Here’s a simple script to do just that—using the playbook we just created to do most of the heavy lifting. Save this as docker/provisioning/db/

1 #!/bin/bash


3 # If connecting to a new data volume, we need to reconfigure MySQL.

4 if [[ ! -d /var/lib/mysql/mysql ]]; then

5 rm -f ~/.my.cnf

6 mysql_install_db

7 ansible-playbook /etc/ansible/playbook.yml --connection=local

8 mysqladmin shutdown

9 fi


11 exec /usr/bin/mysqld_safe

This bash script checks if there’s already a mysql directory inside MySQL’s default data directory, and if not (as is the case when we run the container with the data volume), it will remove any existing .my.cnf connection file, run mysql_install_db to initialize MySQL, then run the playbook, and shut down MySQL.

Once that’s all done (or if the persistent data volume has already been set up previously), MySQL is started with the mysqld_safe startup script which, according to the MySQL documentation, is “the recommended way to start a mysqld server on Unix”.

Next comes the Dockerfile, where we’ll make sure the playbook.yml playbook and script are put in the right places, and expose the MySQL port so other containers can connect to MySQL.

1 # A simple MySQL container.

2 FROM ansible/ubuntu14.04-ansible

3 MAINTAINER Jeff Geerling <>


5 # Install required Ansible roles.

6 RUN ansible-galaxy install geerlingguy.mysql


8 # Copy startup script.

9 COPY /opt/

10 RUN chmod +x /opt/


12 # Install playbook and run it.

13 COPY playbook.yml /etc/ansible/playbook.yml

14 RUN ansible-playbook /etc/ansible/playbook.yml --connection=local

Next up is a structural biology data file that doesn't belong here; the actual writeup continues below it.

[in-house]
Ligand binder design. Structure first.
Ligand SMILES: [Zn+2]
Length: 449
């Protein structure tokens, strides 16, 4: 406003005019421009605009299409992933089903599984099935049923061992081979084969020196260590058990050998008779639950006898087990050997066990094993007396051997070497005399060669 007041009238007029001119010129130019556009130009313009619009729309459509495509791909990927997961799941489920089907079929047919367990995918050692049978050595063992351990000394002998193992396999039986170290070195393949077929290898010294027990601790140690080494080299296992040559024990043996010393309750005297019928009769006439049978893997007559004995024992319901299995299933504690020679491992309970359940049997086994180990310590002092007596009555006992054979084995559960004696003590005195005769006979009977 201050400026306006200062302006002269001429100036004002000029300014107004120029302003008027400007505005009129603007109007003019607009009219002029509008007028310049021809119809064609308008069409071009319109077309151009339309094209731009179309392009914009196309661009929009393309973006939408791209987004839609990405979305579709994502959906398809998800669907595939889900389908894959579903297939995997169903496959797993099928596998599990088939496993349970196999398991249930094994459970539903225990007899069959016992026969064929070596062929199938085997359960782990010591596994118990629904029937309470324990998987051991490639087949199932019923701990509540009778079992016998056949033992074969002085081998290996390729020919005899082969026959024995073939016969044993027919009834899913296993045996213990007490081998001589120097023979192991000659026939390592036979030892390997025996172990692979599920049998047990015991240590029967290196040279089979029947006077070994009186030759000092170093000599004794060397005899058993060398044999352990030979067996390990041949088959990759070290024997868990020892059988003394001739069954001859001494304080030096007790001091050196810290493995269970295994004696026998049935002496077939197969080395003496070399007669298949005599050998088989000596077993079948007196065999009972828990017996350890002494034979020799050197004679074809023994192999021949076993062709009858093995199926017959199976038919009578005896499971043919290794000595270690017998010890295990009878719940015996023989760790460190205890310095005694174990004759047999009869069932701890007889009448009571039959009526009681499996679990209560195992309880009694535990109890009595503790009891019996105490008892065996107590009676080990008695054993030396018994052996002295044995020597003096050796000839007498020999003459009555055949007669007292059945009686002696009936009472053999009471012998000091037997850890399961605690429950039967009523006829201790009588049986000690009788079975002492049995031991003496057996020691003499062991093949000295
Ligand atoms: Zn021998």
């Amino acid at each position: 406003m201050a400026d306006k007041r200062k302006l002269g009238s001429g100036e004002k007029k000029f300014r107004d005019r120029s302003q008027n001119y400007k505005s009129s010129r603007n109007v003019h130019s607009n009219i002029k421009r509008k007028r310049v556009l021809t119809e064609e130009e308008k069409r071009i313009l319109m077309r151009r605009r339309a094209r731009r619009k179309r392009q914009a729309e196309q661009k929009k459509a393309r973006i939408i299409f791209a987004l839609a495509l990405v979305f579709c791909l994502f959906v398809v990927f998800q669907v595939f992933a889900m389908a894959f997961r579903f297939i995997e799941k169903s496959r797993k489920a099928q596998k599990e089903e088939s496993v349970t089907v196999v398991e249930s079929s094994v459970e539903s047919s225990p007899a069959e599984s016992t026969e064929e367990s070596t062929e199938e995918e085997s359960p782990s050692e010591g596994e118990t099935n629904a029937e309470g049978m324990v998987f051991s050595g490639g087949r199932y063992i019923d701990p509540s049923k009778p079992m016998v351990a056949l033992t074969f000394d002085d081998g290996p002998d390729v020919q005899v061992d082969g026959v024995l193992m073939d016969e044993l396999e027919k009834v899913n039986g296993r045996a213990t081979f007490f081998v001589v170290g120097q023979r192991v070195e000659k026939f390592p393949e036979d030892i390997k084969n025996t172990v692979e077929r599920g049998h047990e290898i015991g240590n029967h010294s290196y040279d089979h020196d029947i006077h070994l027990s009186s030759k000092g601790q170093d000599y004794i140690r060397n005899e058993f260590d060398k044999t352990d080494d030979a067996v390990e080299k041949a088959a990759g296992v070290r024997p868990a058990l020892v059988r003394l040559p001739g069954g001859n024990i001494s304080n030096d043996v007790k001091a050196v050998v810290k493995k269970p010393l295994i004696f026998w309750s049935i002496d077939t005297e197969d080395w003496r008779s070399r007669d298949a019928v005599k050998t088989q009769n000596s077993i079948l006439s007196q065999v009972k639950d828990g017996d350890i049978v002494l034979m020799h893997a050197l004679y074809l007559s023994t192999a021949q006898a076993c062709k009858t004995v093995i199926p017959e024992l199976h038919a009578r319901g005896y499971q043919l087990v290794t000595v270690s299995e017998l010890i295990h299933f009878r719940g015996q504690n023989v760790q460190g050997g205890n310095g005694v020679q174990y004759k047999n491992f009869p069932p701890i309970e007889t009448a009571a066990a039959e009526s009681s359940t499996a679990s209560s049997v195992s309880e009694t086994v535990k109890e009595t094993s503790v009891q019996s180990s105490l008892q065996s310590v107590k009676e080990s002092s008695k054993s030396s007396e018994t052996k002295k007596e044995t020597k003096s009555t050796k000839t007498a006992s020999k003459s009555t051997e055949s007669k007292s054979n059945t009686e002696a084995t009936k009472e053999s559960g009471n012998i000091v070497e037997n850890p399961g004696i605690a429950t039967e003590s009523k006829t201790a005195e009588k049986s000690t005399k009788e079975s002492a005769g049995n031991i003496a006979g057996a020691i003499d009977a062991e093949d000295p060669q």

16 EXPOSE 3306

Just as with the Flask app container, we’re using a base image with Ubuntu 14.04 and Ansible. This time, since we’re doing a bit more configuration via the playbook, we also need to install the geerlingguy.mysql role via Ansible Galaxy.

The script needs to be in the location where we’re calling it with command: /opt/ in the docker.yml file we set up much earlier, so we copy it in place, then give +x permissions so Docker can execute the file.

Finally, the Ansible playbook that configures MySQL is copied into place, then run, and port 3306 is exposed.

The docker/provisioning/db directory should now contain the following:




Ship it!

Now that everything’s in place, you should be able to cd into the main docker directory, and run vagrant up. After 10 minutes or so, Vagrant should show that Ansible provisioning was successful, and if you visit in your browser, you should see something like the following:

Docker orchestration success!

Docker orchestration success!

If you see “MySQL Connection: PASS”, congratulations, everything worked! If it shows ‘FAIL’, you might need to give the MySQL a little extra time to finish it’s reconfiguration, since it has to rebuild the database on first launch. If the page doesn’t show up at all, you might want to compare your code with the Docker LAMP example on GitHub.


The entire Docker LAMP example is available on GitHub, if you want to clone it and try it locally.

The Docker examples in this book barely scratch the surface of what makes Docker a fascinating and useful application deployment tool. As of the writing of this book, Docker is still in its infancy, so there are dozens of ways to manage the building of Dockerfiles, the deployment of images, and the running and linking of containers. Ansible is a solid contender in this space, and can even be used within a Dockerfile to simplify complex container configurations.


/ Any sufficiently advanced technology is \

| indistinguishable from magic. |

\ (Arthur C. Clarke) /


\ ^__^

\ (oo)\_______

(__)\ )\/\

||----w |

|| ||